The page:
Interest in ethical public behaviour is growing in societies as far apart as steamy Malaysia and frigid Iceland.
People the world over have begun to realise that human progress is unlikely to be sustainable unless ethical standards are adopted wholeheartedly by those in authority.
Today, ethics claim centre stage whenever policy issues are discussed and resources allocated.
Both government and private sector organisations recognise from long experience that they can have the best plans, systems, rules and procedures in place, but they will still not succeed unless ethical values and standards become an integral part of the business equation.
One of the most worrying problems we face today is corruption, which has spilled over into areas that were once thought to be immune from it – religious institutions such as Tabung Haji in Malaysia and the Vatican in Rome are but two examples that come to mind.
Nothing is sacrosanct any more, and nothing is spared from the ravages of unethical behaviour.
When we put ethical values and standards on the back-burner, we create a vacuum that corruption will invariably fill.
We, as a community, will begin our steady descend into the abyss of moral degradation.
It is only a matter of time, sooner rather than later, before we are persuaded that corruption is a business necessity.
The world of business and politics is littered with stark reminders of what can happen when we ignore an important maxim – that which is legal may not necessarily be ethical or moral.
My favourite is, “Nothing can be politically right that is morally wrong” – Benjamin Rush.
We see the truth of this on our own doorstep with regular monotony when our actions are guided solely by legal conventions.
Here in Malaysia, thanks to the Najib administration’s very comprehensive government transformation programmes, the first ever undertaken by any government since Merdeka, we have come a long way in transforming the way government business is conducted.
I dare say we have all benefited from the improved service delivery and all-round efficiency: the application of modern management science and technology has made all the difference.
However, science and technology cannot change man’s propensity to abuse trust.
Trust or the concept of the common good is the cornerstone that locks and holds together all the essential elements of honest, principled governance.
Leaders whether appointed or elected must be prepared to act as a moral compass to show those for whom they are responsible the right path to take in performing their public duty.
Unprincipled leadership exacts a heavy cost, and the damage inflicted on the economy can be counted in billions of ringgit.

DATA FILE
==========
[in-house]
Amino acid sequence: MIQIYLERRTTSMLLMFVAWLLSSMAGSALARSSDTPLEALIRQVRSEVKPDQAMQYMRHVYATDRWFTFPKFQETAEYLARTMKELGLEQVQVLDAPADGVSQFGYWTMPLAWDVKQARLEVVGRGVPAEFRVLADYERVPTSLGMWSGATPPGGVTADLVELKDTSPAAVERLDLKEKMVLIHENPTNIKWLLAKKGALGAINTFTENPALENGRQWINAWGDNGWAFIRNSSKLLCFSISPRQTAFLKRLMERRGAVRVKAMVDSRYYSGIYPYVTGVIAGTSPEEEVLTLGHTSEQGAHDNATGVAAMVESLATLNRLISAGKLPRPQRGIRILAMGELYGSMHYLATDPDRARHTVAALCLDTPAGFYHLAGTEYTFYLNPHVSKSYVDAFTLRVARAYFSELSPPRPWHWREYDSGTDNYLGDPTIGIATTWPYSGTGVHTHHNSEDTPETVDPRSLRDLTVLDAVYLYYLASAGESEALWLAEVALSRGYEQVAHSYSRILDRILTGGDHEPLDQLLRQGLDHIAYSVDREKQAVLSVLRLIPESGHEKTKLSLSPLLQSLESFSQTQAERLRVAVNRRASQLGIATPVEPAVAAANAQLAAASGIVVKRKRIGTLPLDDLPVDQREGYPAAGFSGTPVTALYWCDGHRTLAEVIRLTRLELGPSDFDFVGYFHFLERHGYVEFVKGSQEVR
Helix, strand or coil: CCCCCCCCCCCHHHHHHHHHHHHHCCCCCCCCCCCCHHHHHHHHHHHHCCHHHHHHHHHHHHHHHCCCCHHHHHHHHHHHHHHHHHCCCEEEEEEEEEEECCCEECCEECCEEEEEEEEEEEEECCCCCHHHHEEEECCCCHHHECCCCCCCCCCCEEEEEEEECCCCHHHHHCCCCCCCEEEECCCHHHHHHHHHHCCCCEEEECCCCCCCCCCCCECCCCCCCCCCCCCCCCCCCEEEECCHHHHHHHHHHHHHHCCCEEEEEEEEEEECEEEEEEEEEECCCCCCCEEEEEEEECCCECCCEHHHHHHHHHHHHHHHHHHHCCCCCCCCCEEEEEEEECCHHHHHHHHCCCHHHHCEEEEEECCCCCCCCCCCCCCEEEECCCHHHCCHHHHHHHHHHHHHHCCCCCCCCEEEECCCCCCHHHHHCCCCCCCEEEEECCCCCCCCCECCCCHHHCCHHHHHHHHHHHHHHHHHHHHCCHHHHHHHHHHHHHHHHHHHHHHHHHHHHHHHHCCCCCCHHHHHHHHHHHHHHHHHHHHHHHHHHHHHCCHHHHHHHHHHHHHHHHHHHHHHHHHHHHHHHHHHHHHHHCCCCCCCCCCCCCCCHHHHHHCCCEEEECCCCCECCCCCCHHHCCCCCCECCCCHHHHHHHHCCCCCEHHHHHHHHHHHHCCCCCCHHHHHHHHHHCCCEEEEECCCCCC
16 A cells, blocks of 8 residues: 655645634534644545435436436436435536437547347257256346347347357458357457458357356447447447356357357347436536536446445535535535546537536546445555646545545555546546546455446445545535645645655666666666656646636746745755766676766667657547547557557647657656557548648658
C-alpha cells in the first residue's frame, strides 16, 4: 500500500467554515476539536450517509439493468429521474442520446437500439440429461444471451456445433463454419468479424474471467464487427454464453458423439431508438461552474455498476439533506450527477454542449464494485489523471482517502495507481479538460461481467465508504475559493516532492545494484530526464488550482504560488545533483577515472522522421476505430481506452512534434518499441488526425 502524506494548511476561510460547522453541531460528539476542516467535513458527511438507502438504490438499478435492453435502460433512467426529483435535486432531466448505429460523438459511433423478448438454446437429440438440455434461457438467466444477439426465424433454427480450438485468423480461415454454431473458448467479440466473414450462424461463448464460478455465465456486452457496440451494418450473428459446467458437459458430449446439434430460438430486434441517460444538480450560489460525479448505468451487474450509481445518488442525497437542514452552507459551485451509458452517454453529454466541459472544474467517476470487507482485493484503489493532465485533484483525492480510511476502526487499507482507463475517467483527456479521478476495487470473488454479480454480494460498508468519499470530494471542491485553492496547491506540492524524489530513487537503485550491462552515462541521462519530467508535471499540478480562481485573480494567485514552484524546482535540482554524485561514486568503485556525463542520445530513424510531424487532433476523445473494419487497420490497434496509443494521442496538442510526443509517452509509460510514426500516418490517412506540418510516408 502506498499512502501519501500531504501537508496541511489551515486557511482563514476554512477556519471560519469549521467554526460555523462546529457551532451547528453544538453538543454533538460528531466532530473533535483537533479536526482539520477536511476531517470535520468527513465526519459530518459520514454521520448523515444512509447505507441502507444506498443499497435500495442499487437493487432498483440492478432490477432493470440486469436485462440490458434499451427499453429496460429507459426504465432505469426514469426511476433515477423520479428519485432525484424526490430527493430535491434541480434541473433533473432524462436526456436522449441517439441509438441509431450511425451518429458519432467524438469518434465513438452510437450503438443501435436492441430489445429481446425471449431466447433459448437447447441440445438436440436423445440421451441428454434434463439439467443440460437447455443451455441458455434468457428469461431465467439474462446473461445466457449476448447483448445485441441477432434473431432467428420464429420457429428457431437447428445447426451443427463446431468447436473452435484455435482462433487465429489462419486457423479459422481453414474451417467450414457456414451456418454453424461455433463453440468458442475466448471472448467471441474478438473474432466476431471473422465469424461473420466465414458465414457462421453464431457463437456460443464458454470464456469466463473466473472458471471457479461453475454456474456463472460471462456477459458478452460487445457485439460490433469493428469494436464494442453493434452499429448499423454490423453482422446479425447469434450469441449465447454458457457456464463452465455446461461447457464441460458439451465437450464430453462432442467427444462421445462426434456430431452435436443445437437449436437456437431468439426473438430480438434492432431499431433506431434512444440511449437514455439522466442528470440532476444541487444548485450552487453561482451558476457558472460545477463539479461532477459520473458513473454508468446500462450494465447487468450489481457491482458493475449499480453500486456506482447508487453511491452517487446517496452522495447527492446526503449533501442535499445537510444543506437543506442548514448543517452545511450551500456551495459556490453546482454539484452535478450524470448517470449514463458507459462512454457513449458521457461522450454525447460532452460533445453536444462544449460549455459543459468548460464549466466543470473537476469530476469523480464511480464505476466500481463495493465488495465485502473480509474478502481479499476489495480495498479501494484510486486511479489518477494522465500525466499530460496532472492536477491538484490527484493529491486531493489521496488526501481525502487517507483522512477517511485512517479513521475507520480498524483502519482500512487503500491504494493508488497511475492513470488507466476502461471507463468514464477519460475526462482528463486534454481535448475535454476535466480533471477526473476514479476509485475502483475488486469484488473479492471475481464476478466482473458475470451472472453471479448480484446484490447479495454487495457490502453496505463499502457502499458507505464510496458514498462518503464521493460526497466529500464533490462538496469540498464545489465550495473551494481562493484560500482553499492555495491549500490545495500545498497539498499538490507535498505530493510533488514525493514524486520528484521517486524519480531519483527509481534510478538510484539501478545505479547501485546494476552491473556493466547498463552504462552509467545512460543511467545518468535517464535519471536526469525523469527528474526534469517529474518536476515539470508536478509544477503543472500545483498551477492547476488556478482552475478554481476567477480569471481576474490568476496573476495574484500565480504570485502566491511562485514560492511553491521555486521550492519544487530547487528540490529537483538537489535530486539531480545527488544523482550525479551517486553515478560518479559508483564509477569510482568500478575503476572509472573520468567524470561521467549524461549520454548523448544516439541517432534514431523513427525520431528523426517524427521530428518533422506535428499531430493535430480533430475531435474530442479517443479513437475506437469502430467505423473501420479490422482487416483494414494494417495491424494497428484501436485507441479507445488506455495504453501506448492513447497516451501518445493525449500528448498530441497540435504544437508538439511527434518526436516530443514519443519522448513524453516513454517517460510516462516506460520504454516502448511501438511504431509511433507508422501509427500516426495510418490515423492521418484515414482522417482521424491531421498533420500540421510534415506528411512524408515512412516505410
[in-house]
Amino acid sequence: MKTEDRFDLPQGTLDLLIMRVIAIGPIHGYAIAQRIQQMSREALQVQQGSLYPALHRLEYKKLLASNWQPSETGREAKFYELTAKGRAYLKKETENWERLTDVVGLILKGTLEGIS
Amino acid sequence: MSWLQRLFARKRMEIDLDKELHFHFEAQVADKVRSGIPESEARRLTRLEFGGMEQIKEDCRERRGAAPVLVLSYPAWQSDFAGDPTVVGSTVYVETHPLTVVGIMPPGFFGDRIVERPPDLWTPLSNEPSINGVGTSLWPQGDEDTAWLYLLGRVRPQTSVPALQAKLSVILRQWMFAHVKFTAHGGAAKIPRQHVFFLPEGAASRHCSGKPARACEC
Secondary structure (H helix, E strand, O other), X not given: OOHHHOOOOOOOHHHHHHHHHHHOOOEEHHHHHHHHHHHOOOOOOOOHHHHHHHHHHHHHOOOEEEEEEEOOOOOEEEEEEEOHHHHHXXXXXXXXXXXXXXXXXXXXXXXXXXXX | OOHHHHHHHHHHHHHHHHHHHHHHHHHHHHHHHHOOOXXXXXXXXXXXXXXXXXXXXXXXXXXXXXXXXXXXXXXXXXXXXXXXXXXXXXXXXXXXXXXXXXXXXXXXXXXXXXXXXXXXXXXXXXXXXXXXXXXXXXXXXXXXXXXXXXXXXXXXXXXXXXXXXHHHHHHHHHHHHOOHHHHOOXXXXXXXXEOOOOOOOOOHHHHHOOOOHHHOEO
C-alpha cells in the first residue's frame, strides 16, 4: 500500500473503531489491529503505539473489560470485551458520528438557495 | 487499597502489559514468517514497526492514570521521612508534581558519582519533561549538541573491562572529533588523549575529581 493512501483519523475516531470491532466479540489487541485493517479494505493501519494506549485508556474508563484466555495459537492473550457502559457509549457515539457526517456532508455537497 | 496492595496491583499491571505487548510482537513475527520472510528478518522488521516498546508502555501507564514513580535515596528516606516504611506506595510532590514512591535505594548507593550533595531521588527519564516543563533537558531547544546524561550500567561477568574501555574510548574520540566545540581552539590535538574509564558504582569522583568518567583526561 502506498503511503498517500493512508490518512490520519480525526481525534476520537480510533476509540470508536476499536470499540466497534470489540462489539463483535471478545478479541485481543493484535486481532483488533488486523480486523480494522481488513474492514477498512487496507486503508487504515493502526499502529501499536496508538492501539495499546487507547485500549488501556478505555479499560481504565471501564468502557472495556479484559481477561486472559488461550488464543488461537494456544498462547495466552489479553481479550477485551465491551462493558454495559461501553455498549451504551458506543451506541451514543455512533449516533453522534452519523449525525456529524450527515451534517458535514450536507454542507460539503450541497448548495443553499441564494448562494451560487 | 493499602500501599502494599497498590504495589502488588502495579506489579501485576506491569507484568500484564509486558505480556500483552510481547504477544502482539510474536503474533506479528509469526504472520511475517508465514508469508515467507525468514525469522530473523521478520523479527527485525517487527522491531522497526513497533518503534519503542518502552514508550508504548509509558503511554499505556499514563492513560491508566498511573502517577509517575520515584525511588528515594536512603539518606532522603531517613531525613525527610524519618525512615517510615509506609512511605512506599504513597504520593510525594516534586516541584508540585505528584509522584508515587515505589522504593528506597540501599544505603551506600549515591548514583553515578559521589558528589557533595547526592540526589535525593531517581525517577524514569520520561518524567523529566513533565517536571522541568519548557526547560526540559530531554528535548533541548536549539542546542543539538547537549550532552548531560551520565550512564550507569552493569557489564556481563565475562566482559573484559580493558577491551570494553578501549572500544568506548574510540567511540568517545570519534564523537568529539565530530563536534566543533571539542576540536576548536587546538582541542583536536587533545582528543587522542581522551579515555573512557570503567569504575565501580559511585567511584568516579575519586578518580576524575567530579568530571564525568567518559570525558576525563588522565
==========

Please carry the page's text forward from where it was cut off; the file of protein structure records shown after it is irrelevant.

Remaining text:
In addition, human and emotional costs are inflicted on innocent citizens whose only sin is to put their trust in leaders who cannot be trusted.
What about the damage to our country’s reputation? Is this not important?
Each year the Auditor-General religiously produces his report, a compendium of serious breaches of, and transgressions against established financial procedures.
His report varies little from one dreary year to another, the same old story detailing with regular monotony, instances of fraud and sheer incompetence by top civil servants bordering on the criminal, who seem to have lost control of their departments.
Debates on the report are cursory at best and downright laughable at worst.
Ministers fall over one another to give their solemn assurances that these lapses would not happen again.
The chorus is joined by the Chief Secretary to the Government, promising that dire consequences would befall the fortunate offenders in his vast empire.
They don’t fool us because we know from long years of watching on the sidelines this annual pantomime that is staged for the entertainment and amusement of us whom they think are little children who can be fobbed off with sweet promises of better things to come.
Then it is business as usual until the next Auditor-General’s glossy report appears, containing much the same depressing recital of acts of outright criminality involving state assets and property.
Nothing will change because offending civil servants know the proud civil service tradition of closing ranks when under “external” threat will protect them from harm.
I regret, looking back, the civil service was not my first choice when I was looking for work as a young man.
Integrity is no longer the luxury of the virtuous.
It has become one of life’s necessities.